God who gave us life gave us liberty. Can the liberties of a nation be secure when we have removed a conviction that these liberties are the gift of God? Indeed I tremble for my country when I reflect that God is just, that his justice cannot sleep forever. Commerce between master and slave is despotism. Nothing is more certainly written in the book of fate than these people are to be free. Establish the law for educating the common people. This it is the business of the state to effect and on a general plan.
Jefferson never said this. This quote was fabricated by stealing phrases from five separate writings by Jefferson, written over a span of nearly five decades, from his 1774 work A Summary View of the Rights of British America to his 1820 autobiography.4 We need not go phrase by phrase, one example will suffice. From his autobiography:
Nothing is more certainly written in the book of fate than that these people are to be free; nor is it less certain that the two races, equally free, cannot live in the same government. Nature, habit, opinion, have drawn indelible lines of distinction between them.5
It takes only a look at the next sentence to see that Jefferson’s words are being twisted on his grandest monument. He did write that emancipation would need to take place, yet he believed it imperative that freed slaves be deported out of the country. Using the first part of the quote with no mention of the rest is a complete whitewashing of history.
The reason for this frankenstein of a quote is rather straightforward. The Jefferson Memorial was built during the presidency of Franklin Delano Roosevelt. There was every motivation to try and make it as clear as possible that Jefferson, the heroic founding father and founder of the Democratic party, was the source of the policies currently being pushed by the part.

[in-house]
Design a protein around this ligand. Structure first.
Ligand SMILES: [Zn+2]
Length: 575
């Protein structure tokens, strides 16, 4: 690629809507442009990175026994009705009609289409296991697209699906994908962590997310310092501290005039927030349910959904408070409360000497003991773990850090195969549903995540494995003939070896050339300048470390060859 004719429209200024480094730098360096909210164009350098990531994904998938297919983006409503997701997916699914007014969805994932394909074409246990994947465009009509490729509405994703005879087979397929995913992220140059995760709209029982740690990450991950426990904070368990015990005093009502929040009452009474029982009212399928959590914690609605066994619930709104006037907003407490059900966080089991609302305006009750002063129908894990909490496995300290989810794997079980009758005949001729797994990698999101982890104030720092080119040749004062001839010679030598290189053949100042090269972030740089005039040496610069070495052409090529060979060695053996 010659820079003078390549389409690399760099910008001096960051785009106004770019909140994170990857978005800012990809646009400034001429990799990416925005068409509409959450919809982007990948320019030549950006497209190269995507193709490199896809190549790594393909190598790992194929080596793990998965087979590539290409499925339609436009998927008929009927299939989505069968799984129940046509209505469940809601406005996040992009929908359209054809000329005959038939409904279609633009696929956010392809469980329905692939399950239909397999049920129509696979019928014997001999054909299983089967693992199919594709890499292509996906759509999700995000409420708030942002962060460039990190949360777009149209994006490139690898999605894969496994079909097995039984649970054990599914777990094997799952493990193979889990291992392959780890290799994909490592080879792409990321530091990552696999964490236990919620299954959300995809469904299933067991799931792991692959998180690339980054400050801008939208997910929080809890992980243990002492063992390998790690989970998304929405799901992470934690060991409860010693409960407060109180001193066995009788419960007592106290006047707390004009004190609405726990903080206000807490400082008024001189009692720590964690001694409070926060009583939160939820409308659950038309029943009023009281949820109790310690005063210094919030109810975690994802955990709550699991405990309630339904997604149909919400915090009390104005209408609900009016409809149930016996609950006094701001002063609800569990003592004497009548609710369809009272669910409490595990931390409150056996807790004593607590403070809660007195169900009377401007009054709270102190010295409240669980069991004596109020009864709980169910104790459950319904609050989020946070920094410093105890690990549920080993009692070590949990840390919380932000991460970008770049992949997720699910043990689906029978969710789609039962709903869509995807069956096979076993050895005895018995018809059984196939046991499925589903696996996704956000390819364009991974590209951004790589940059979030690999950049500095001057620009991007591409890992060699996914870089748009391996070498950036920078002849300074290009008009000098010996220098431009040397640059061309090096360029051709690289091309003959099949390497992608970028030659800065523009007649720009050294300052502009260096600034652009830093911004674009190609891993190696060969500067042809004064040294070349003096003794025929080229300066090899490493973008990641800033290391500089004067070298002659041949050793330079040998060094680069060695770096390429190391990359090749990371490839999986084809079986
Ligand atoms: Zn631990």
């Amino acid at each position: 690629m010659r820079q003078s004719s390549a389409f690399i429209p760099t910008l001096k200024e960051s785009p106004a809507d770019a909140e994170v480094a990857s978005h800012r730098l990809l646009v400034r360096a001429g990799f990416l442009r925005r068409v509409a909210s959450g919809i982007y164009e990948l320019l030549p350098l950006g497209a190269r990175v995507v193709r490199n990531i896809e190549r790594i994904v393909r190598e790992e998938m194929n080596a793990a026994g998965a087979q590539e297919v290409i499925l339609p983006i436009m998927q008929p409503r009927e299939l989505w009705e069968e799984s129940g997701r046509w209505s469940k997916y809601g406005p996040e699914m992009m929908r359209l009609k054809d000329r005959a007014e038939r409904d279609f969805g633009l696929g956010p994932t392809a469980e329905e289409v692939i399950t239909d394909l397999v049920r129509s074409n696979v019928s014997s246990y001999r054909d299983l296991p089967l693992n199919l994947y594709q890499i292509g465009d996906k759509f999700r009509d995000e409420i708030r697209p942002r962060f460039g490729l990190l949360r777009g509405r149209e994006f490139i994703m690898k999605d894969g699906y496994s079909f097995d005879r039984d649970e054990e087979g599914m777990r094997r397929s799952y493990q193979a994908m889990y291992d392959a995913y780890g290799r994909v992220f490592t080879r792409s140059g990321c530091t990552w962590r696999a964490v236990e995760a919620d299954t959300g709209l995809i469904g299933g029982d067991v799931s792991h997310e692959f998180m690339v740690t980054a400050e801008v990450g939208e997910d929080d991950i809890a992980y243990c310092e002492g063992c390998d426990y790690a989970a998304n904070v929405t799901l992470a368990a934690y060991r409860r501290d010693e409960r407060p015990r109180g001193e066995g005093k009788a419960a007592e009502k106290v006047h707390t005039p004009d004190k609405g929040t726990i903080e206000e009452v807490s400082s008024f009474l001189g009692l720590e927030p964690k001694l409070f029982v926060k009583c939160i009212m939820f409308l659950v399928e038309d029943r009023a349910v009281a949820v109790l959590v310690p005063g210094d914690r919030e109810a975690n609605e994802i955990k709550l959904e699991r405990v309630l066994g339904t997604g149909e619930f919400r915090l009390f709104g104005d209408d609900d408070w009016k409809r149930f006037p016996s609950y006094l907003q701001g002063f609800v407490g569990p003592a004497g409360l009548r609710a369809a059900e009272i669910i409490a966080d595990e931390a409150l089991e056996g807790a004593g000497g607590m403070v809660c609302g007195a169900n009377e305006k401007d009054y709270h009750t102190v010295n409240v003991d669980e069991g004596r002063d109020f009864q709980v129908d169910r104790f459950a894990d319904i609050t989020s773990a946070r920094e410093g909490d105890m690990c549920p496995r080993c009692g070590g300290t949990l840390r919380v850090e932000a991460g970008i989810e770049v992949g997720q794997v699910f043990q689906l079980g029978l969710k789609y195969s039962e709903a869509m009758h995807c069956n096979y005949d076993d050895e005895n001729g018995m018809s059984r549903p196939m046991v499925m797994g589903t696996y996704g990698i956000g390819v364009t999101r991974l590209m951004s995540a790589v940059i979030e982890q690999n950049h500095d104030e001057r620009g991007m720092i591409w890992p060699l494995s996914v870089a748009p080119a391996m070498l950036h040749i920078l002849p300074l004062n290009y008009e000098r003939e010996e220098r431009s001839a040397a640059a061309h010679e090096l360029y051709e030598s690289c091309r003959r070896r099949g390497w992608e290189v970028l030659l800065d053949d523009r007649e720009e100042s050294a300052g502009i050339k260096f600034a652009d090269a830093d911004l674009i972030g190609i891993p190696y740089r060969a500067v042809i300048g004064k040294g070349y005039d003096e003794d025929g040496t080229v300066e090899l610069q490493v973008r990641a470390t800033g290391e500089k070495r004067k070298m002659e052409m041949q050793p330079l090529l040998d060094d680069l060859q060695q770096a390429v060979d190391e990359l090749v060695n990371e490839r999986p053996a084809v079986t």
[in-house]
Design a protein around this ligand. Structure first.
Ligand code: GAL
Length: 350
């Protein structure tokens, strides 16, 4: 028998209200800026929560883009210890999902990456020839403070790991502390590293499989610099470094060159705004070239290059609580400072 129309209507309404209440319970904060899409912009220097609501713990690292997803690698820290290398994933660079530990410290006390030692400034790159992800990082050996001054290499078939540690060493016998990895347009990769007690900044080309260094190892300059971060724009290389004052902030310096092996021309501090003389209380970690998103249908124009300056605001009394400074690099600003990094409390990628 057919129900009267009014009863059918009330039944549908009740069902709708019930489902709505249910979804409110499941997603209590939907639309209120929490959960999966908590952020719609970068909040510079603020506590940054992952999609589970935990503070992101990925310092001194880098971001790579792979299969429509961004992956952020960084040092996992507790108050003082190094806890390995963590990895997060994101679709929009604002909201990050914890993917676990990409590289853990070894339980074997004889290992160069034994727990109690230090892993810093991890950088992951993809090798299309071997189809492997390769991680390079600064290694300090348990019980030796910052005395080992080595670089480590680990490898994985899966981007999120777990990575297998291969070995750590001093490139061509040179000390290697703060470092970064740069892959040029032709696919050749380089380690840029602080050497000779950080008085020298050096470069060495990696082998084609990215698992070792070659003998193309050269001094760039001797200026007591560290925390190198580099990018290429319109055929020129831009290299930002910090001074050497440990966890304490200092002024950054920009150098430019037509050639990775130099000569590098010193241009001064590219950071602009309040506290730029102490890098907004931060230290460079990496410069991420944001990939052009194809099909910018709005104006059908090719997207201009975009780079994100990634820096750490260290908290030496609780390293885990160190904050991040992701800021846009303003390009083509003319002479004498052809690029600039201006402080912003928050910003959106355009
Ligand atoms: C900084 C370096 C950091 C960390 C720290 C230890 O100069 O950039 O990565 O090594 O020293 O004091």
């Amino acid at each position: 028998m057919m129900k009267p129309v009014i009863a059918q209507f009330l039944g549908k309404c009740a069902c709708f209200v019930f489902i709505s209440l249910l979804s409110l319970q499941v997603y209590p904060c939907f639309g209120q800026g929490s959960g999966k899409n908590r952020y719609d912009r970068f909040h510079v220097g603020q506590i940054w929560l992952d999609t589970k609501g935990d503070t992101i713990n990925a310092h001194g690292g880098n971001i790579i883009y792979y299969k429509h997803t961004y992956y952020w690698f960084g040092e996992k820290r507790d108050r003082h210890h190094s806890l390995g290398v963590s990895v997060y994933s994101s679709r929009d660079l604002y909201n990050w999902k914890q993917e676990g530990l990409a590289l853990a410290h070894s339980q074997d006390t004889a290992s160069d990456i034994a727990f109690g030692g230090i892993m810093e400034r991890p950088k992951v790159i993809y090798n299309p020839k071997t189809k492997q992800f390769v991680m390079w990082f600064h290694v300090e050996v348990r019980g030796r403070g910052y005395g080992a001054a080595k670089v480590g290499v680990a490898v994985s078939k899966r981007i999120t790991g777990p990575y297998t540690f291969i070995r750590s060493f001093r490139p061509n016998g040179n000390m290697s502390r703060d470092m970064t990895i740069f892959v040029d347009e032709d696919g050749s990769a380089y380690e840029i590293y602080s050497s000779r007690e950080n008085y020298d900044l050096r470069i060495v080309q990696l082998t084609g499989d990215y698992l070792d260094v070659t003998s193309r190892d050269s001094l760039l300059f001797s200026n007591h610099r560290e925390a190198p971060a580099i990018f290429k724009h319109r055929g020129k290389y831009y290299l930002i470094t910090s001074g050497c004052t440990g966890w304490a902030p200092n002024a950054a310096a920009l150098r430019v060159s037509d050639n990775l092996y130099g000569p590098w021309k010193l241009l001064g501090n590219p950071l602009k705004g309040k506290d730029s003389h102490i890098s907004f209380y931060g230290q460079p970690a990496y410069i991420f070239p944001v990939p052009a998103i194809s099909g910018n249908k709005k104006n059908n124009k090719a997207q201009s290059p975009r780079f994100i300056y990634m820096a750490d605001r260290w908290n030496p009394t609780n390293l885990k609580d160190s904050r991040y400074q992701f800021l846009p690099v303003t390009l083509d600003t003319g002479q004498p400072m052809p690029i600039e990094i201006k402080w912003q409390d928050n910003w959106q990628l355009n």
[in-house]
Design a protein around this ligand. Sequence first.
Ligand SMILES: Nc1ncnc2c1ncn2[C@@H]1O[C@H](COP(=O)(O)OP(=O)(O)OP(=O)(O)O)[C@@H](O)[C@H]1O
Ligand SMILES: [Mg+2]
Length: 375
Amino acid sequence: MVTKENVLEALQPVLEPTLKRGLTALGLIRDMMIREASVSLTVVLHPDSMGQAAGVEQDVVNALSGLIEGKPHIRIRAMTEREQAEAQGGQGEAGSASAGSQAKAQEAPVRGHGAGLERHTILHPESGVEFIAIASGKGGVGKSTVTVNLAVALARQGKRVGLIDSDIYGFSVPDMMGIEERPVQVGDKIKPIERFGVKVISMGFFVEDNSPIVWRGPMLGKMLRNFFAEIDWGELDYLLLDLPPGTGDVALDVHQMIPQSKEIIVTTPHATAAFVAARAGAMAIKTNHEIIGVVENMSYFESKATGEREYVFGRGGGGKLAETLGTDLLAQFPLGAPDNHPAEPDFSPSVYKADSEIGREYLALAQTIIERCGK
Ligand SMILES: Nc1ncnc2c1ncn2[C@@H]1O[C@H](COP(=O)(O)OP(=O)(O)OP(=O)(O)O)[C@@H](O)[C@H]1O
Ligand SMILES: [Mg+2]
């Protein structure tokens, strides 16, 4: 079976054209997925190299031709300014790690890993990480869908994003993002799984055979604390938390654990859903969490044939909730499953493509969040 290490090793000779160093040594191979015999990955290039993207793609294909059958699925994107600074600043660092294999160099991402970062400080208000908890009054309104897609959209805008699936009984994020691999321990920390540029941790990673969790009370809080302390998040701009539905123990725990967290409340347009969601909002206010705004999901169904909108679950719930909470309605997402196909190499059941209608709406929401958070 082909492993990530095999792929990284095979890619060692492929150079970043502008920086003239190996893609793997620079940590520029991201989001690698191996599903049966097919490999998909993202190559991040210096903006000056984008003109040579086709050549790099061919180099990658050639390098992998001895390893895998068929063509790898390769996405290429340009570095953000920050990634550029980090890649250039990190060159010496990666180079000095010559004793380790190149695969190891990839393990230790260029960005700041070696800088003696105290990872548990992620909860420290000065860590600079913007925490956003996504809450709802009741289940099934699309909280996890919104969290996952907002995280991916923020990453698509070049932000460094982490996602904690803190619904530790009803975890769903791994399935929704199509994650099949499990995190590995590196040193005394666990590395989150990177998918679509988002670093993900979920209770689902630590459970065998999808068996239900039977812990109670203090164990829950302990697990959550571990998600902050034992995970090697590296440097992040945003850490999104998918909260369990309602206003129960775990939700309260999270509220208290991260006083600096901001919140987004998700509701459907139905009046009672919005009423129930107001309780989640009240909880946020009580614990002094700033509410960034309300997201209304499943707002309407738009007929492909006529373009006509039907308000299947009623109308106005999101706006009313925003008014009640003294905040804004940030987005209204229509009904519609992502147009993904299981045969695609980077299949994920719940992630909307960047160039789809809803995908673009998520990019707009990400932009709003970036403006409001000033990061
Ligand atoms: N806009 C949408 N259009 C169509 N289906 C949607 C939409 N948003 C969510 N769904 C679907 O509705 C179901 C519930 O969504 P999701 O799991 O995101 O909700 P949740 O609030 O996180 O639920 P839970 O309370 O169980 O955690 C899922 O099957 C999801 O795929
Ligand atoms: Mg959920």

Historical figures ought to be honored for who they were, not who we wish them to have been. We should depict them accurately, neither demonizing them, nor remaking them in our own image. A monument with a distorted quote like this one would be more fitting in Moscow’s Red Square than in Washington, DC. As long as this fabricated quote remains inscribed on those marble walls, it is a slap in the face to any national ideal of truth in the public square.
1. Marked fourth overall, and the first monument. American Institute of Architecture, 2007. AIA Reveals Public’s Choice America’s Best Architecture. Available at: <https://info.aia.org/aiarchitect/thisweek07/0209/0209n_150bldgs.htm> [Accessed 03 March 2021].
2. Thomas Jefferson, Design for Tombstone and Inscription, Available at: https://founders.archives.gov/documents/Jefferson/98-01-02-6185 [Accessed 03 March 2021].
3. Thomas Jefferson to James Madison, 28 August 1789. Available at: https://founders.archives.gov/documents/Jefferson/01-15-02-0354 [Accessed 03 March 2021].
4. Details of the sources for each phrase can be found here https://www.monticello.org/site/research-and-collections/quotations-jefferson-memorial.
5. Thomas Jefferson, Autobiography. Available at: https://founders.archives.gov/documents/Jefferson/98-01-02-1756 [Accessed 03 March 2021].